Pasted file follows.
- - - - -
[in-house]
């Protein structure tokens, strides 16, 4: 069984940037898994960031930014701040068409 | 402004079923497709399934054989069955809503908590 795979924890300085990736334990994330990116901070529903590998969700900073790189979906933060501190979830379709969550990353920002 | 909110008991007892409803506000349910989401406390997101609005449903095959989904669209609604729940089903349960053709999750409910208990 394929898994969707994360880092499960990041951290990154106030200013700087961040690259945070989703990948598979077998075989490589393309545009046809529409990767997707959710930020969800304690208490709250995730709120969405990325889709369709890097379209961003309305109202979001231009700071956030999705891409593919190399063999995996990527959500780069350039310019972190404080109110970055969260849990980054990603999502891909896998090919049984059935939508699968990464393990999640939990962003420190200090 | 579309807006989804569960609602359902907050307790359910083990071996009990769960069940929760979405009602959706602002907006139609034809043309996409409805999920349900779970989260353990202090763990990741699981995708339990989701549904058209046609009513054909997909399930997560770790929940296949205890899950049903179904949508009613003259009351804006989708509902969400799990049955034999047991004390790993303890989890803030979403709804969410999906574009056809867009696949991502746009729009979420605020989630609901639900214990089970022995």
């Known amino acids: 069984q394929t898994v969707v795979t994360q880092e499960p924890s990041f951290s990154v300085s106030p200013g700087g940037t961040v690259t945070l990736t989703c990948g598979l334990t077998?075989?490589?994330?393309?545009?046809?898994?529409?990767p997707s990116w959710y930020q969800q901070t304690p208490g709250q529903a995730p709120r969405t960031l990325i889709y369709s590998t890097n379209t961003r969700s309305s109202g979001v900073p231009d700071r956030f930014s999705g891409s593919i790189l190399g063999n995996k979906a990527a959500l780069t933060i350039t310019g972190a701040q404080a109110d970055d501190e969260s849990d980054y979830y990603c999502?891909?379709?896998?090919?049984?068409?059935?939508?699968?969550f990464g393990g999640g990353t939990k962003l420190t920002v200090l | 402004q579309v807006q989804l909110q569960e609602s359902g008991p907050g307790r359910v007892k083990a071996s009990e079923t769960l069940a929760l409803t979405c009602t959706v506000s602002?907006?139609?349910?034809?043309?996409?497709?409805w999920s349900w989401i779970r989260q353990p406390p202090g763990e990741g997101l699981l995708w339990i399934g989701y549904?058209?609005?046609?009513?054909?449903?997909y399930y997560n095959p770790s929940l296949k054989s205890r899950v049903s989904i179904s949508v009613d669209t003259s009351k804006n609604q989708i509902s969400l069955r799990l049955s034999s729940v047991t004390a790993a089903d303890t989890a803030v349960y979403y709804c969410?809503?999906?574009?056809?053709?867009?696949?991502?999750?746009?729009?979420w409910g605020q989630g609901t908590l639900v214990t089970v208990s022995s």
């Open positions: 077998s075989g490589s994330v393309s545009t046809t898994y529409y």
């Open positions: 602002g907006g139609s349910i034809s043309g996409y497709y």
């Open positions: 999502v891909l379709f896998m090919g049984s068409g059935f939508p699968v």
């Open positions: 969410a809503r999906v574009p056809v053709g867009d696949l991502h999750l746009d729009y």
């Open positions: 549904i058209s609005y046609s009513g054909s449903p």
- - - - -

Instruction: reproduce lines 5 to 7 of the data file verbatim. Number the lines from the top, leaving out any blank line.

């Open positions: 602002g907006g139609s349910i034809s043309g996409y497709y």
């Open positions: 999502v891909l379709f896998m090919g049984s068409g059935f939508p699968v």
């Open positions: 969410a809503r999906v574009p056809v053709g867009d696949l991502h999750l746009d729009y």